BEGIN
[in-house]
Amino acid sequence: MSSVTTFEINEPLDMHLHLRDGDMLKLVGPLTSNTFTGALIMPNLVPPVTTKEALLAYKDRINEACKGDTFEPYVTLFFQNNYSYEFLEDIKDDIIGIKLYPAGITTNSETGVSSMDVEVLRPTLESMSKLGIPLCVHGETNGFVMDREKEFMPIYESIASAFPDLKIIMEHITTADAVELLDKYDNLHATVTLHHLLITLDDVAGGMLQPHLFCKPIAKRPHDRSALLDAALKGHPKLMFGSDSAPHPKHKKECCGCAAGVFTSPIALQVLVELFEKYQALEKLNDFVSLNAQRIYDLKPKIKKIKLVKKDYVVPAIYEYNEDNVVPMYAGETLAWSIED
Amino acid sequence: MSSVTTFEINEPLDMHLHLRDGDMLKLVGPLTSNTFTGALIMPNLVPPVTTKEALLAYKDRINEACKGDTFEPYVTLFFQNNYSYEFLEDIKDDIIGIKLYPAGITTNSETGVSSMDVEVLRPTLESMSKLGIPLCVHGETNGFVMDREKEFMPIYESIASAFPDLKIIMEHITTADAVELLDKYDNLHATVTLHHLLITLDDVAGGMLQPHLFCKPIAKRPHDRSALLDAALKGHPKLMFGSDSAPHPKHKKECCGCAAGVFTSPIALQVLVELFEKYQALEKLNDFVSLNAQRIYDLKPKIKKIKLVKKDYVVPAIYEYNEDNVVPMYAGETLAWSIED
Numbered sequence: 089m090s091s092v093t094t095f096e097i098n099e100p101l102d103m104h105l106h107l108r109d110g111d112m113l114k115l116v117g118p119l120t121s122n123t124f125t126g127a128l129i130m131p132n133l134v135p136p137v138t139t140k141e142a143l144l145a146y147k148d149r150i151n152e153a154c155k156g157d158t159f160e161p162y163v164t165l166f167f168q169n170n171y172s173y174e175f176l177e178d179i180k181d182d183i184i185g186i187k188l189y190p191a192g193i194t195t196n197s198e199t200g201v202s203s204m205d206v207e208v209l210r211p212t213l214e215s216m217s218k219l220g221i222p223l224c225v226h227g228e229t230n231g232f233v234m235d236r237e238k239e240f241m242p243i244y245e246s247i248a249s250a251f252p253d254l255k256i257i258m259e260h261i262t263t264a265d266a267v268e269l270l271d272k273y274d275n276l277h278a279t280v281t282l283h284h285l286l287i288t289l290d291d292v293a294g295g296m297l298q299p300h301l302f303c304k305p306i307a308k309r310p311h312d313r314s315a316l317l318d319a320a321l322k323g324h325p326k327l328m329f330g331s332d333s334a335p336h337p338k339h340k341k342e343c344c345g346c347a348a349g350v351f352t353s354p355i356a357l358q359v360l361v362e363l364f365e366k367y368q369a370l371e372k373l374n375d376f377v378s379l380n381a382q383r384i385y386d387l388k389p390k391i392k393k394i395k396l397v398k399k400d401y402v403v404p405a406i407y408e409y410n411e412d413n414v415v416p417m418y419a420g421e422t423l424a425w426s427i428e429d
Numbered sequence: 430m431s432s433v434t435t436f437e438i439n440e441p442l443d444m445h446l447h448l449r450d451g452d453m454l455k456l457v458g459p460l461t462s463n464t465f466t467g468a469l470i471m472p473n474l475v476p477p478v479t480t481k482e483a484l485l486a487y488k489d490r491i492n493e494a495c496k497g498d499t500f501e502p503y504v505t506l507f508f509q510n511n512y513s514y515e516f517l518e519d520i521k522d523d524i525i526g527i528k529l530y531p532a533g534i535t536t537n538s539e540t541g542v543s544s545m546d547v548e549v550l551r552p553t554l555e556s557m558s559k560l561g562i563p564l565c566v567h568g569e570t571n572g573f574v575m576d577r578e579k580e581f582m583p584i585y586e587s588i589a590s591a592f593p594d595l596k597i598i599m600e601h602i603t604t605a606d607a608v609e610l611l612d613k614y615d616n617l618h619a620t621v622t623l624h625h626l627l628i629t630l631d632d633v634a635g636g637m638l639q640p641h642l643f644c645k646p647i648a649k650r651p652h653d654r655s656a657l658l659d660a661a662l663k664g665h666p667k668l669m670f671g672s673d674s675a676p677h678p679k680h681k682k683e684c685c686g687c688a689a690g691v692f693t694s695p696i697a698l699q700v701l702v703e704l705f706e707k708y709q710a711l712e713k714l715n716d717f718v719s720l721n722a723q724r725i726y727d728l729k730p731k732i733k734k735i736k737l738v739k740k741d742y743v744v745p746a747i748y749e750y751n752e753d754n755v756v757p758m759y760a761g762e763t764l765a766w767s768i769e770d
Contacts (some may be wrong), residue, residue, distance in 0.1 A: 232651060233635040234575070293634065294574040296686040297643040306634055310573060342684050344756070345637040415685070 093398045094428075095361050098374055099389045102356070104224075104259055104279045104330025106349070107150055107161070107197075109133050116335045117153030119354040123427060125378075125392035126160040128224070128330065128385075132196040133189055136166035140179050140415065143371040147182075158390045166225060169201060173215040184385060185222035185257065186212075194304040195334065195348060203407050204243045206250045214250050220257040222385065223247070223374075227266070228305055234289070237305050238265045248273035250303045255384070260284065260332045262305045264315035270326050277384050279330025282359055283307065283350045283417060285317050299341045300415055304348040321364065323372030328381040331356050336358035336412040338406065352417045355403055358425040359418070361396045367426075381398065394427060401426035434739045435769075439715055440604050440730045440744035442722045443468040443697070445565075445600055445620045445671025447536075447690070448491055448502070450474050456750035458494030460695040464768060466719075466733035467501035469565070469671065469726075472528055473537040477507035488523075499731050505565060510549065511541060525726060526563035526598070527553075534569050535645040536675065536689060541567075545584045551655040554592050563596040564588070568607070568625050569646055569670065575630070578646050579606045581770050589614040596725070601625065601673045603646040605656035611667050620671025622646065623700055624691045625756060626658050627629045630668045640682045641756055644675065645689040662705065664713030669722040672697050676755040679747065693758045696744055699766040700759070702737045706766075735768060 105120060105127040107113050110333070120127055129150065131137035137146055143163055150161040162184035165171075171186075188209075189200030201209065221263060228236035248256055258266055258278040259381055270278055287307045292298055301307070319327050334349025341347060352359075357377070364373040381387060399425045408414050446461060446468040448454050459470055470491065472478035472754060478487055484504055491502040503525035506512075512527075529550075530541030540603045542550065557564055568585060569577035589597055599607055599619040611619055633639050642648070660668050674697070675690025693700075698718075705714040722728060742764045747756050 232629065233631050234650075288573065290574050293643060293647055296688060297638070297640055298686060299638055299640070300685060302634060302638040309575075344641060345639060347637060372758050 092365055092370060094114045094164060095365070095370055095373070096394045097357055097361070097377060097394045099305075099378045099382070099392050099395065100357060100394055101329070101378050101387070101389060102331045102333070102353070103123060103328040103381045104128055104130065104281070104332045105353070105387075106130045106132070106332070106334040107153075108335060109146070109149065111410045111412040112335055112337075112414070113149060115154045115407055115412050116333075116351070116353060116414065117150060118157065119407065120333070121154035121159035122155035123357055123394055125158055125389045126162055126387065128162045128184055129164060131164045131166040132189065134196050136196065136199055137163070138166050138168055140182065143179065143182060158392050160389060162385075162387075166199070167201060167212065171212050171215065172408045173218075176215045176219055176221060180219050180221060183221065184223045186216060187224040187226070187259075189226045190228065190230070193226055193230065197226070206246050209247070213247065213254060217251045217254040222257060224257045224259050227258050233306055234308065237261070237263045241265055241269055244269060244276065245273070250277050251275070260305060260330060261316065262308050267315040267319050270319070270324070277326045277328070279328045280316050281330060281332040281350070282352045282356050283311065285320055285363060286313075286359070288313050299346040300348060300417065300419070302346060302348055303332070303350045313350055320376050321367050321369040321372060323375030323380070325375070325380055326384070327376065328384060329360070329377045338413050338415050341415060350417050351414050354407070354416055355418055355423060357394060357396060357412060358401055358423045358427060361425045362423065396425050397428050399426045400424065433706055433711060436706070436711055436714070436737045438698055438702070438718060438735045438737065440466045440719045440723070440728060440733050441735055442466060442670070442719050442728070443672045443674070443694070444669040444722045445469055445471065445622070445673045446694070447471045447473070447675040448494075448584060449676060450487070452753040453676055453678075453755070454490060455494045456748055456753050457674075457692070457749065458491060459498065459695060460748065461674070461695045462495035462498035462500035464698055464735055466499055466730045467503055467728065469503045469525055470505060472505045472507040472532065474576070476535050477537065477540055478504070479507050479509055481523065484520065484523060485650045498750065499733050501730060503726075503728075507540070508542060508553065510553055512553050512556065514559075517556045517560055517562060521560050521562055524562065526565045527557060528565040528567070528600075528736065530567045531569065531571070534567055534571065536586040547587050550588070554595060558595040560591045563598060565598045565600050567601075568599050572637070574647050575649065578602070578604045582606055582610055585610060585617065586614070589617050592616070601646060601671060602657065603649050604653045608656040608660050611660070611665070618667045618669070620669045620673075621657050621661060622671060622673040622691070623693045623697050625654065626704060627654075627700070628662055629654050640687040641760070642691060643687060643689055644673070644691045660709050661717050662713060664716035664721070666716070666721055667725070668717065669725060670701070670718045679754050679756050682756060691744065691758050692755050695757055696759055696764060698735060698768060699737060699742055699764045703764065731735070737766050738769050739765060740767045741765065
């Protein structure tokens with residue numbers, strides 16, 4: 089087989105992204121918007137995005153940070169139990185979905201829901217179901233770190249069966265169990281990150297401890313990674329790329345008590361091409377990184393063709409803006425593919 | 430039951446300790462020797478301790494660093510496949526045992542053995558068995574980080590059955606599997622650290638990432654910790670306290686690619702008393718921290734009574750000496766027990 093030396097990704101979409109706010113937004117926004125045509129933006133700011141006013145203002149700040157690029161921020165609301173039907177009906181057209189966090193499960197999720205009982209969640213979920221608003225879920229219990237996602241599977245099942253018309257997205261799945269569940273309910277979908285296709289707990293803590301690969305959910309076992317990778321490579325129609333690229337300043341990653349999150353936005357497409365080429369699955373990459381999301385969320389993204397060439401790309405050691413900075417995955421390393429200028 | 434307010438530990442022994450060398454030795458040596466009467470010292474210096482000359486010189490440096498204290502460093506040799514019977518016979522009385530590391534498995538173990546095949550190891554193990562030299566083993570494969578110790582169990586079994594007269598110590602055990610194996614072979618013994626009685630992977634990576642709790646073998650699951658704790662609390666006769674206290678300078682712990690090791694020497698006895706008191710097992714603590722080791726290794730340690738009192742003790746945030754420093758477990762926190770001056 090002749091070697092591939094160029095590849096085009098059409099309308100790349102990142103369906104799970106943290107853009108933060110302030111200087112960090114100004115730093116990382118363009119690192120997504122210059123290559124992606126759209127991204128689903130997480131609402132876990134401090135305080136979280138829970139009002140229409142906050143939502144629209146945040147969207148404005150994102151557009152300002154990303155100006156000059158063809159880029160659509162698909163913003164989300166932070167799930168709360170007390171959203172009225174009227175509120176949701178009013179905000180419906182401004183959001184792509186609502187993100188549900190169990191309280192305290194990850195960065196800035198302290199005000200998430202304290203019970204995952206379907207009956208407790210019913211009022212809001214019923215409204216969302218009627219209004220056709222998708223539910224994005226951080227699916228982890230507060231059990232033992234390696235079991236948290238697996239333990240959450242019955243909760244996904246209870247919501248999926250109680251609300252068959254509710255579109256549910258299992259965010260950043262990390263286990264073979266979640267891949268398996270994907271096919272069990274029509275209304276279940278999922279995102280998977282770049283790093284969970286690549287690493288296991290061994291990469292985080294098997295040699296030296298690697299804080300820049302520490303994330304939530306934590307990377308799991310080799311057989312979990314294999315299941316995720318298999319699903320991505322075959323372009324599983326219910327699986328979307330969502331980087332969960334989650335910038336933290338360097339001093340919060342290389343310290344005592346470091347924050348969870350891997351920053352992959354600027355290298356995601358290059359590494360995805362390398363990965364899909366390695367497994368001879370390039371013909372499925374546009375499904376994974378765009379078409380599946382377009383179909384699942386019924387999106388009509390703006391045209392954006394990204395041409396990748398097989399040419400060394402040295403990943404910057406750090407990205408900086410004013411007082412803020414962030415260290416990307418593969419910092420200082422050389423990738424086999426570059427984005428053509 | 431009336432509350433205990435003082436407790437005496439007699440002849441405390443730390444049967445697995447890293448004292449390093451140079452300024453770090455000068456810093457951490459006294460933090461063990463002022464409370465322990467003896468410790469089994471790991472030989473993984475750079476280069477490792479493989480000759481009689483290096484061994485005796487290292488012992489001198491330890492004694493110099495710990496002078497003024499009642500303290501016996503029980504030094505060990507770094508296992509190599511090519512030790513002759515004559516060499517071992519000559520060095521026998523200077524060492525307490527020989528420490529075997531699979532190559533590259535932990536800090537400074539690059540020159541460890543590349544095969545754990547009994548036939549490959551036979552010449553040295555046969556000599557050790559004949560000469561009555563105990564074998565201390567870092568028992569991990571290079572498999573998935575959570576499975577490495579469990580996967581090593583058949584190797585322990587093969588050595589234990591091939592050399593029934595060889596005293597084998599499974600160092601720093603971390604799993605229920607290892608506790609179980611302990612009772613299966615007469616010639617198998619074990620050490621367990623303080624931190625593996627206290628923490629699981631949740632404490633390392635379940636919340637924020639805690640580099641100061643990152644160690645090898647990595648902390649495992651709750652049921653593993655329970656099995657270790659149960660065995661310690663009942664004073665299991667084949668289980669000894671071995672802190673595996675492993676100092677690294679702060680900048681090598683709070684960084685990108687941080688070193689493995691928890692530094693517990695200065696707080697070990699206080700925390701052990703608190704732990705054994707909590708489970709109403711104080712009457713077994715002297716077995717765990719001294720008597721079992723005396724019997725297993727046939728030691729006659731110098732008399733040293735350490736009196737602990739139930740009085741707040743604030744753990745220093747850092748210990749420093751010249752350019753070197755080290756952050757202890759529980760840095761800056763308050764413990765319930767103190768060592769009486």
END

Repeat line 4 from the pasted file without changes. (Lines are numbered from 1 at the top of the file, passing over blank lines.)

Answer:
Numbered sequence: 089m090s091s092v093t094t095f096e097i098n099e100p101l102d103m104h105l106h107l108r109d110g111d112m113l114k115l116v117g118p119l120t121s122n123t124f125t126g127a128l129i130m131p132n133l134v135p136p137v138t139t140k141e142a143l144l145a146y147k148d149r150i151n152e153a154c155k156g157d158t159f160e161p162y163v164t165l166f167f168q169n170n171y172s173y174e175f176l177e178d179i180k181d182d183i184i185g186i187k188l189y190p191a192g193i194t195t196n197s198e199t200g201v202s203s204m205d206v207e208v209l210r211p212t213l214e215s216m217s218k219l220g221i222p223l224c225v226h227g228e229t230n231g232f233v234m235d236r237e238k239e240f241m242p243i244y245e246s247i248a249s250a251f252p253d254l255k256i257i258m259e260h261i262t263t264a265d266a267v268e269l270l271d272k273y274d275n276l277h278a279t280v281t282l283h284h285l286l287i288t289l290d291d292v293a294g295g296m297l298q299p300h301l302f303c304k305p306i307a308k309r310p311h312d313r314s315a316l317l318d319a320a321l322k323g324h325p326k327l328m329f330g331s332d333s334a335p336h337p338k339h340k341k342e343c344c345g346c347a348a349g350v351f352t353s354p355i356a357l358q359v360l361v362e363l364f365e366k367y368q369a370l371e372k373l374n375d376f377v378s379l380n381a382q383r384i385y386d387l388k389p390k391i392k393k394i395k396l397v398k399k400d401y402v403v404p405a406i407y408e409y410n411e412d413n414v415v416p417m418y419a420g421e422t423l424a425w426s427i428e429d